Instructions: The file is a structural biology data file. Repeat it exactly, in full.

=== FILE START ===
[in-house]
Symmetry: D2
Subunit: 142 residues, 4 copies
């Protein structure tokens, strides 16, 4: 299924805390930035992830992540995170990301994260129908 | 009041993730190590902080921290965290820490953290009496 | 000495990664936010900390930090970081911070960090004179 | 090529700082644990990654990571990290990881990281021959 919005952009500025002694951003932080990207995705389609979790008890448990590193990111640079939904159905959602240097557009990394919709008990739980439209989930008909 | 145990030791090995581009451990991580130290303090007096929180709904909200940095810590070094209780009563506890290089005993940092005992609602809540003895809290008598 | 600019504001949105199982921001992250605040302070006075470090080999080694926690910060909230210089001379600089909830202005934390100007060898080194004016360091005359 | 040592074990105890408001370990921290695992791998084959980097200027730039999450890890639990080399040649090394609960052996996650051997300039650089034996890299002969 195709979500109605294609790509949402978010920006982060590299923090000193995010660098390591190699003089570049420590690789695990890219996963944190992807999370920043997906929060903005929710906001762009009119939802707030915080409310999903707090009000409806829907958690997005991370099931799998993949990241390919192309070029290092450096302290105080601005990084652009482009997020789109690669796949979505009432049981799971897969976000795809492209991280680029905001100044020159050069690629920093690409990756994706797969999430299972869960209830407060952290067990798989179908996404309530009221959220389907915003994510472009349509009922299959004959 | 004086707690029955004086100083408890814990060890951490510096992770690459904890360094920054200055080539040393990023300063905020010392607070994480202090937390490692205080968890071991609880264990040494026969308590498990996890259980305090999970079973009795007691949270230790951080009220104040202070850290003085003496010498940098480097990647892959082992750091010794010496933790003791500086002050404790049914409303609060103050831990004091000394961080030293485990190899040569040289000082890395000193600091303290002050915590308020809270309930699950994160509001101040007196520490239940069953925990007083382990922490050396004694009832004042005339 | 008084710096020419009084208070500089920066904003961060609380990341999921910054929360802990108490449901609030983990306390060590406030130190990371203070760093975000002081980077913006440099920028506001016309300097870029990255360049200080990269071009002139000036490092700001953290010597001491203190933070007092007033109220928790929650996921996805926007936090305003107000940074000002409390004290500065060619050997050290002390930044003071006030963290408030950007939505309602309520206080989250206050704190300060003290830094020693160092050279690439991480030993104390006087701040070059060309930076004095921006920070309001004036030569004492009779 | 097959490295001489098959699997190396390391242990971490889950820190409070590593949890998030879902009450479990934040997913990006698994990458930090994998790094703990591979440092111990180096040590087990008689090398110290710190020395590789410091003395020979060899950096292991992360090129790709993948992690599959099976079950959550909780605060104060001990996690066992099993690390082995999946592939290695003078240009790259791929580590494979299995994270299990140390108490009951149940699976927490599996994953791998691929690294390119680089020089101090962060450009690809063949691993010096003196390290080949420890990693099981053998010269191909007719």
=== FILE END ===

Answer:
[in-house]
Symmetry: D2
Subunit: 142 residues, 4 copies
């Protein structure tokens, strides 16, 4: 299924805390930035992830992540995170990301994260129908 | 009041993730190590902080921290965290820490953290009496 | 000495990664936010900390930090970081911070960090004179 | 090529700082644990990654990571990290990881990281021959 919005952009500025002694951003932080990207995705389609979790008890448990590193990111640079939904159905959602240097557009990394919709008990739980439209989930008909 | 145990030791090995581009451990991580130290303090007096929180709904909200940095810590070094209780009563506890290089005993940092005992609602809540003895809290008598 | 600019504001949105199982921001992250605040302070006075470090080999080694926690910060909230210089001379600089909830202005934390100007060898080194004016360091005359 | 040592074990105890408001370990921290695992791998084959980097200027730039999450890890639990080399040649090394609960052996996650051997300039650089034996890299002969 195709979500109605294609790509949402978010920006982060590299923090000193995010660098390591190699003089570049420590690789695990890219996963944190992807999370920043997906929060903005929710906001762009009119939802707030915080409310999903707090009000409806829907958690997005991370099931799998993949990241390919192309070029290092450096302290105080601005990084652009482009997020789109690669796949979505009432049981799971897969976000795809492209991280680029905001100044020159050069690629920093690409990756994706797969999430299972869960209830407060952290067990798989179908996404309530009221959220389907915003994510472009349509009922299959004959 | 004086707690029955004086100083408890814990060890951490510096992770690459904890360094920054200055080539040393990023300063905020010392607070994480202090937390490692205080968890071991609880264990040494026969308590498990996890259980305090999970079973009795007691949270230790951080009220104040202070850290003085003496010498940098480097990647892959082992750091010794010496933790003791500086002050404790049914409303609060103050831990004091000394961080030293485990190899040569040289000082890395000193600091303290002050915590308020809270309930699950994160509001101040007196520490239940069953925990007083382990922490050396004694009832004042005339 | 008084710096020419009084208070500089920066904003961060609380990341999921910054929360802990108490449901609030983990306390060590406030130190990371203070760093975000002081980077913006440099920028506001016309300097870029990255360049200080990269071009002139000036490092700001953290010597001491203190933070007092007033109220928790929650996921996805926007936090305003107000940074000002409390004290500065060619050997050290002390930044003071006030963290408030950007939505309602309520206080989250206050704190300060003290830094020693160092050279690439991480030993104390006087701040070059060309930076004095921006920070309001004036030569004492009779 | 097959490295001489098959699997190396390391242990971490889950820190409070590593949890998030879902009450479990934040997913990006698994990458930090994998790094703990591979440092111990180096040590087990008689090398110290710190020395590789410091003395020979060899950096292991992360090129790709993948992690599959099976079950959550909780605060104060001990996690066992099993690390082995999946592939290695003078240009790259791929580590494979299995994270299990140390108490009951149940699976927490599996994953791998691929690294390119680089020089101090962060450009690809063949691993010096003196390290080949420890990693099981053998010269191909007719």